Welcoming the partnership between Teagasc and the Heritage Council in the development and delivery of Hedgerow Week 2023, Dr. Stan Lalor, Teagasc Director of Knowledge Transfer, said: “Hedgerow Week 2023 serves as excellent avenue for the dissemination of knowledge in relation to the establishment, upkeep and protection of Ireland’s hedges.

“Teagasc is pleased to partner with the Heritage Council to deliver this coordinated series of events, which will aid in the protection of our hedges and the numerous benefits they bring in terms of biodiversity.”

Teagasc will host a number of these events at its research centres throughout the country, where the best practice in the establishment and management of hedgerows will be discussed. The theme of Hedgerow Week 2023 is ‘How to plant and manage hedges’.

Over the past few months, Dr. Catherine Keena, Teagasc Countryside Management Specialist, has led the engagement with a diverse range of hedgerow stakeholders. This has generated much debate and raised many issues. Most notably, however, it has highlighted the increasing interest in hedges; the common thread being the importance of our network of native hedges throughout the countryside and indeed in urban areas.

Dr. Catherine Keena said: “We have a network of native hedges in the Irish countryside, estimated at 689,000km when using a very broad definition of hedgerow – ranging from woody vegetation on earth banks to stockproof hedges.

“All native hedges are incredibly important for biodiversity, as they are generally 200 years old and, in addition to the hedge plants, the ground vegetation and soil may contain a diverse range of flowering plants, grasses and invertebrates at the hedge base in gaps and in earth banks.

“A diversity of hedges including treeline hedges and topped hedges is desirable. The biodiversity of treeline hedges is primarily in the canopy – full of flowers and fruit. Topped hedges with a dense base or laid hedges provide nest sites for birds, with flowers and fruit on individual trees retained.”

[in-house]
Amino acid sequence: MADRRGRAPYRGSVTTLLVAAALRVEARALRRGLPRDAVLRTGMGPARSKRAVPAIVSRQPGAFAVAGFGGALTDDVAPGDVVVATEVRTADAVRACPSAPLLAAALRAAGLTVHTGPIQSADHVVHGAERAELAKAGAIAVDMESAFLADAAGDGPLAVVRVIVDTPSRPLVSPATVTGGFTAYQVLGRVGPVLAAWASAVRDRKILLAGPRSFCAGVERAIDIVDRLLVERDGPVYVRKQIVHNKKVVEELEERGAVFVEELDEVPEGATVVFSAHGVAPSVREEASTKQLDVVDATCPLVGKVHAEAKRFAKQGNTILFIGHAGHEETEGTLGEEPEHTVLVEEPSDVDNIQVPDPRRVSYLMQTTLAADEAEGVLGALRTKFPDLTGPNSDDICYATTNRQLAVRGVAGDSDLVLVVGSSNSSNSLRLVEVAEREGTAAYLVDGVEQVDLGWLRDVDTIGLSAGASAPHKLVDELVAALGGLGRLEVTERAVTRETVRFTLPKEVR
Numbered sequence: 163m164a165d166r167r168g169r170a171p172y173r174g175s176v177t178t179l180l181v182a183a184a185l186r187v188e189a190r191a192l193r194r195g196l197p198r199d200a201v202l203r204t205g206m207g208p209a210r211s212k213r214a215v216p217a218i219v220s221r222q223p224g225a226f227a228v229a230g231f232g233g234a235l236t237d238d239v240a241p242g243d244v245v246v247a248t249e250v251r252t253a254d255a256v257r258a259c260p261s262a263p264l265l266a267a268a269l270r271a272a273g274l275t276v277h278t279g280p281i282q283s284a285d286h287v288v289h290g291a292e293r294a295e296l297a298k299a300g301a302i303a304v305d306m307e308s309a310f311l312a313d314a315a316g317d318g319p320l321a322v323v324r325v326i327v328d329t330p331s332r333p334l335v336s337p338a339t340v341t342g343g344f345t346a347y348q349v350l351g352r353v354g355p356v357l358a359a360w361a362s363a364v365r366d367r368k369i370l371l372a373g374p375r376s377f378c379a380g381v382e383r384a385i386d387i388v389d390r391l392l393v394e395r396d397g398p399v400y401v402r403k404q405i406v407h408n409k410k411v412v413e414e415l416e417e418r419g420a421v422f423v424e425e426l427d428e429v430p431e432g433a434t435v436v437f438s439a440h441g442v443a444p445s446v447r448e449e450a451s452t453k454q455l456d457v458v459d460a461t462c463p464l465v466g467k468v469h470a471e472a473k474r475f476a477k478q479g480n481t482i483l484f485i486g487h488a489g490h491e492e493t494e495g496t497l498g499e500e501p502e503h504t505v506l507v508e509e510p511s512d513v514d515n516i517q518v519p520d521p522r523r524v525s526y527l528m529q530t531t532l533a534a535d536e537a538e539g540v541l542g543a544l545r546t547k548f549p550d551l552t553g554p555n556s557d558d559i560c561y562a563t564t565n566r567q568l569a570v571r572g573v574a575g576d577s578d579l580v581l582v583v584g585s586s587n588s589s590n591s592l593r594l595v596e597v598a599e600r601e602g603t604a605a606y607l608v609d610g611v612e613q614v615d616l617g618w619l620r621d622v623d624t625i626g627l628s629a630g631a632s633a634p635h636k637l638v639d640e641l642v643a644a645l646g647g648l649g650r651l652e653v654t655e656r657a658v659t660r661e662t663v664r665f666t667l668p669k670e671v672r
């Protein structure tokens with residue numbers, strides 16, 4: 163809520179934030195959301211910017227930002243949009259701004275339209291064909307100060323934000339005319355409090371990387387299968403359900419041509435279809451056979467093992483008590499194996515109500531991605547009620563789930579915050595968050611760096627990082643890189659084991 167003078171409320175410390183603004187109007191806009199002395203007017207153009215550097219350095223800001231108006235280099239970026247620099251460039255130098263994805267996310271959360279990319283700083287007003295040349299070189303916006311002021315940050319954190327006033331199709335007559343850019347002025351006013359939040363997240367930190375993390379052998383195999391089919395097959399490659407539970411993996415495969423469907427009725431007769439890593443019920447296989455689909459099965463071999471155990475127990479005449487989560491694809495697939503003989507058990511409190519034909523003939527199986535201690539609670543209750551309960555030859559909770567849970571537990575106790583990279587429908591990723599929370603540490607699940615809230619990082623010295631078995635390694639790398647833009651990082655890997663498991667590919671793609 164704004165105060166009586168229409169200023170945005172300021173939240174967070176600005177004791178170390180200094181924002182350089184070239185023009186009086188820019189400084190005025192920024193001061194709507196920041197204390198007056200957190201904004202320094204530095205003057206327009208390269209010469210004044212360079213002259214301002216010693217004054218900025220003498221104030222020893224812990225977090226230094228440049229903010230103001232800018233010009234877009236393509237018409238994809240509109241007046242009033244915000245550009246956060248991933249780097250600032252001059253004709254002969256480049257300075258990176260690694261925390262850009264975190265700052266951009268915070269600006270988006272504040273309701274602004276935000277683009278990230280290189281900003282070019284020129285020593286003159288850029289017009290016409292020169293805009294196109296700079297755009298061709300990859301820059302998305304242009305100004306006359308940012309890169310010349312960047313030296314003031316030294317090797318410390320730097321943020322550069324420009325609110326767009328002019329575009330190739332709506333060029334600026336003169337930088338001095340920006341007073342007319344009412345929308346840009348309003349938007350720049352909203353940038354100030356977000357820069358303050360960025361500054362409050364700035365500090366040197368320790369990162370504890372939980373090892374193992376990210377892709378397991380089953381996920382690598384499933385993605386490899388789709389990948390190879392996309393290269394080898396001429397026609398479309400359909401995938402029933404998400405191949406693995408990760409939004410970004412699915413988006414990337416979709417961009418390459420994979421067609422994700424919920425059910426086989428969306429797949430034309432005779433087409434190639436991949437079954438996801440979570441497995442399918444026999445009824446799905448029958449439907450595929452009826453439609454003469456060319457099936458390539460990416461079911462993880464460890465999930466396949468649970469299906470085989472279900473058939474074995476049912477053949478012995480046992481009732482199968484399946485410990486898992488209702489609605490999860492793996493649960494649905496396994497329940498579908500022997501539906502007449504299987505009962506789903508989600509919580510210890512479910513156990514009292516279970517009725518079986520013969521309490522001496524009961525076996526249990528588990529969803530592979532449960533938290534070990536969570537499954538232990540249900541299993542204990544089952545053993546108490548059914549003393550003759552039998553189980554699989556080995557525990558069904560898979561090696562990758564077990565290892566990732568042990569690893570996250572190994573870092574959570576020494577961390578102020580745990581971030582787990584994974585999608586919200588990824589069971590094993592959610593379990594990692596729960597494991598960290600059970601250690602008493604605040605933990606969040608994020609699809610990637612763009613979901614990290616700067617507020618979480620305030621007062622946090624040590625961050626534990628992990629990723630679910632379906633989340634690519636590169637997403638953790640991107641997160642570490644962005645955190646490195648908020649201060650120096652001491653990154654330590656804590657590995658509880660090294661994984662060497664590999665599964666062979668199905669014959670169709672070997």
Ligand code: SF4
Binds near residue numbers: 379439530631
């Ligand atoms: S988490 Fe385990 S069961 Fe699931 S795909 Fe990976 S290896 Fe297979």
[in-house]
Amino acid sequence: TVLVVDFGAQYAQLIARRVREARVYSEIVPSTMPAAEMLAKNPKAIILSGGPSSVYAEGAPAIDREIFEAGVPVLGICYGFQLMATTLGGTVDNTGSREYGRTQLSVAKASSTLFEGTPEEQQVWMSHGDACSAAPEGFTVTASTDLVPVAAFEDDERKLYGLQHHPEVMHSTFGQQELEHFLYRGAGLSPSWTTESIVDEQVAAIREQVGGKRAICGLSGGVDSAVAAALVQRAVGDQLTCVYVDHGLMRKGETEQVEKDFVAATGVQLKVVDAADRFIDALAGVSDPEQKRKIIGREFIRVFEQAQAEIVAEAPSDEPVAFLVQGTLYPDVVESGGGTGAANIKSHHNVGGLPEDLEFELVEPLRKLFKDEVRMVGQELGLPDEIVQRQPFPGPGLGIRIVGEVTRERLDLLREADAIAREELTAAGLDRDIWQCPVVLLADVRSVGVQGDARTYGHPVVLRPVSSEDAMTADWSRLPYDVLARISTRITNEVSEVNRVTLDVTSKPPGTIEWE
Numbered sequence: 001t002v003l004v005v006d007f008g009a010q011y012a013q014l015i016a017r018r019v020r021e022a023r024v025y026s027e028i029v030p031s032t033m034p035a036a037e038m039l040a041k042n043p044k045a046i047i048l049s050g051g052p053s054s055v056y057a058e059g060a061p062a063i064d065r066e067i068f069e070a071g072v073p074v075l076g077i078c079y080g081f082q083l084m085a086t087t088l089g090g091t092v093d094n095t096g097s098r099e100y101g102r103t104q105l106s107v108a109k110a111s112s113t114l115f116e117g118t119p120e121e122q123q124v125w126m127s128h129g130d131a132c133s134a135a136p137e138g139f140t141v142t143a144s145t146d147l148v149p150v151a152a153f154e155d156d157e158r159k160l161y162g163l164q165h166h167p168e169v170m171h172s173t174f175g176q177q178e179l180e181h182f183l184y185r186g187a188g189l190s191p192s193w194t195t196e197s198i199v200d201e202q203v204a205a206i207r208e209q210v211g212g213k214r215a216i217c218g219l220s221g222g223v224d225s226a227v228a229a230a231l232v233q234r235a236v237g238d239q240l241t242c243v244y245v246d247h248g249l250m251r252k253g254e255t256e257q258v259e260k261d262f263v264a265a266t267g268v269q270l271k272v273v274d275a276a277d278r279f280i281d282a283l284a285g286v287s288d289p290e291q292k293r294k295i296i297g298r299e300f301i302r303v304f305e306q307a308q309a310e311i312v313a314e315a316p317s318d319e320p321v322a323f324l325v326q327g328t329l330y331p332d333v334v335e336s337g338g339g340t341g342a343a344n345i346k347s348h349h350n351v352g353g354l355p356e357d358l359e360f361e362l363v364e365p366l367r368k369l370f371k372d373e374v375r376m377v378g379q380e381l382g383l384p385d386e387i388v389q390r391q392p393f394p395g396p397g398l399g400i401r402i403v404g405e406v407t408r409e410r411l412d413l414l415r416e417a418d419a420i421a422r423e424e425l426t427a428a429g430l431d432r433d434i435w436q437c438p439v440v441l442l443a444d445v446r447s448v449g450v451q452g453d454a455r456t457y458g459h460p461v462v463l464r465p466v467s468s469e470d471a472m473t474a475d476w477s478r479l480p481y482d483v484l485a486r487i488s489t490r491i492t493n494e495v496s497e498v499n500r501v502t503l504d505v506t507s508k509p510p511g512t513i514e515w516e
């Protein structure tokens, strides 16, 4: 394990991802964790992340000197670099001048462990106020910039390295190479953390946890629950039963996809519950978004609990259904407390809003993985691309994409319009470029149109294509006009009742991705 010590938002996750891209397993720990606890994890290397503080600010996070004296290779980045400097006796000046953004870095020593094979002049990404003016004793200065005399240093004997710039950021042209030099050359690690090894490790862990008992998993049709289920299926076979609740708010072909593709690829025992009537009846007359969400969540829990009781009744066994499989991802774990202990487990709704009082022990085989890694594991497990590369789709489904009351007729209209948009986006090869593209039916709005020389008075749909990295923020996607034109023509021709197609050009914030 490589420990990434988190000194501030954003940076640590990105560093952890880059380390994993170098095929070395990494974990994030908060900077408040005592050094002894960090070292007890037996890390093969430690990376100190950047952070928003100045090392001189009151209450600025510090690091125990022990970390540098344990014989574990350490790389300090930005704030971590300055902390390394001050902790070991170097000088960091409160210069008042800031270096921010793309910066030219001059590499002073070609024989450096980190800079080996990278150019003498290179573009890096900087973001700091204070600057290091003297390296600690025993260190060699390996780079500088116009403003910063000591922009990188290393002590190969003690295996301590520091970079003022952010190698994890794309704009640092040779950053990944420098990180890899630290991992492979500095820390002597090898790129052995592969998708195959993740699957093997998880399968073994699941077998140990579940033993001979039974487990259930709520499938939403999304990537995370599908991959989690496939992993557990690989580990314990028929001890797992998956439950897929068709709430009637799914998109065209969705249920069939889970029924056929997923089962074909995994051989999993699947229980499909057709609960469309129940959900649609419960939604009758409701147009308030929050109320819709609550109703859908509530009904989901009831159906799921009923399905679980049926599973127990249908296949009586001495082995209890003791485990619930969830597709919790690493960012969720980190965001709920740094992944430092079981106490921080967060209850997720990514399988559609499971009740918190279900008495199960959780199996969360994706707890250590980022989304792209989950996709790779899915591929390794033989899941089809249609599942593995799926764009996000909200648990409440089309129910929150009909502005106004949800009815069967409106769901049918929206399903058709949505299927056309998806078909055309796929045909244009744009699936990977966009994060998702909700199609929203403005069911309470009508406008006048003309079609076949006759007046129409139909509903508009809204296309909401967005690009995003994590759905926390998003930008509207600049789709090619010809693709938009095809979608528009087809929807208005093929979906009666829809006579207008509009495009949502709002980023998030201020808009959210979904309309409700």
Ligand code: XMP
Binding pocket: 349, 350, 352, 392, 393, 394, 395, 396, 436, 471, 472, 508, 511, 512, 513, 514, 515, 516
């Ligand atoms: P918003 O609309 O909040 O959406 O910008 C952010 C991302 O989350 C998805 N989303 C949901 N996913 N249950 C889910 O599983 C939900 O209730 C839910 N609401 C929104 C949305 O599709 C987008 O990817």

For more information on the events planned as part of Hedgerow Week 2023 visit:


About Teagasc College Of Amenity Horticulture

The College of Amenity Horticulture is located at the National Botanic Gardens, Glasnevin, Dublin, 5km north west of the city centre and is accessible by the 4, 9 and 83 buses.

Having our college located in the National Botanic Gardens provides students with a unique training opportunity. There is a strong tradition of training at the National Botanic Gardens dating back to 1812.

Our aim is to train students for employment in the amenity horticulture industry. We provide our training in association with OPW, Dublin Municipal Parks departments and a large selection of Horticultural Businesses.

Currently we are providing training for 300 students between all our courses. There is a balance of both school leavers and mature participants among the students. The College of Amenity Horticulture is non-residential with students finding accommodation in the locality.

While on courses students are trained in the theory and practice of horticulture and get an opportunity to work in a practical way alongside skilled horticulturalists as part of their training.

Graduates of our courses contribute in many sectors of the horticulture industry, such as, landscape design and construction, garden centres, parks, estate gardens, grounds maintenance and greenkeeping.

All aspects of Horticulture are being studied on our programmes from Level 5 to Level 7 and prospective students should contact the college directly or attend a careers and course day to find out more information.

Steven Galvin